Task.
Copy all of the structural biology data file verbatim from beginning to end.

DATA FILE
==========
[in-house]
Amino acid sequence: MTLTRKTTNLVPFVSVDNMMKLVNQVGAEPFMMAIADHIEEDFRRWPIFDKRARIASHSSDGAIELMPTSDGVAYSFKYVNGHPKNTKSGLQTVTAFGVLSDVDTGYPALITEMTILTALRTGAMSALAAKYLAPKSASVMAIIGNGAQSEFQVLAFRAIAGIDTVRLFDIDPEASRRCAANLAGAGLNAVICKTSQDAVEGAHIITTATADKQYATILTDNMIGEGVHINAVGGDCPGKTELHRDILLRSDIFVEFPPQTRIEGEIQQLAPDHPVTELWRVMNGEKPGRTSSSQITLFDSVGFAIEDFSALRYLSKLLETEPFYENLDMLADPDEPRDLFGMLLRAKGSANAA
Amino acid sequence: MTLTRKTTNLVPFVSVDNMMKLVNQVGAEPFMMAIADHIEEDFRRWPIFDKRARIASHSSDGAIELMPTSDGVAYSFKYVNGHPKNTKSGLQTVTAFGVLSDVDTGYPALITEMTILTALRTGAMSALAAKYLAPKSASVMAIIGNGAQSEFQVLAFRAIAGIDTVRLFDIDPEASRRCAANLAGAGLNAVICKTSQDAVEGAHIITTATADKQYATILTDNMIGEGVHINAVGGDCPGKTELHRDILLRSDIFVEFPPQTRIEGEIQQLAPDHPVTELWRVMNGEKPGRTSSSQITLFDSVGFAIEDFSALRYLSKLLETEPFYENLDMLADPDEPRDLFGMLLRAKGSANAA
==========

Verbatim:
[in-house]
Amino acid sequence: MTLTRKTTNLVPFVSVDNMMKLVNQVGAEPFMMAIADHIEEDFRRWPIFDKRARIASHSSDGAIELMPTSDGVAYSFKYVNGHPKNTKSGLQTVTAFGVLSDVDTGYPALITEMTILTALRTGAMSALAAKYLAPKSASVMAIIGNGAQSEFQVLAFRAIAGIDTVRLFDIDPEASRRCAANLAGAGLNAVICKTSQDAVEGAHIITTATADKQYATILTDNMIGEGVHINAVGGDCPGKTELHRDILLRSDIFVEFPPQTRIEGEIQQLAPDHPVTELWRVMNGEKPGRTSSSQITLFDSVGFAIEDFSALRYLSKLLETEPFYENLDMLADPDEPRDLFGMLLRAKGSANAA
Amino acid sequence: MTLTRKTTNLVPFVSVDNMMKLVNQVGAEPFMMAIADHIEEDFRRWPIFDKRARIASHSSDGAIELMPTSDGVAYSFKYVNGHPKNTKSGLQTVTAFGVLSDVDTGYPALITEMTILTALRTGAMSALAAKYLAPKSASVMAIIGNGAQSEFQVLAFRAIAGIDTVRLFDIDPEASRRCAANLAGAGLNAVICKTSQDAVEGAHIITTATADKQYATILTDNMIGEGVHINAVGGDCPGKTELHRDILLRSDIFVEFPPQTRIEGEIQQLAPDHPVTELWRVMNGEKPGRTSSSQITLFDSVGFAIEDFSALRYLSKLLETEPFYENLDMLADPDEPRDLFGMLLRAKGSANAA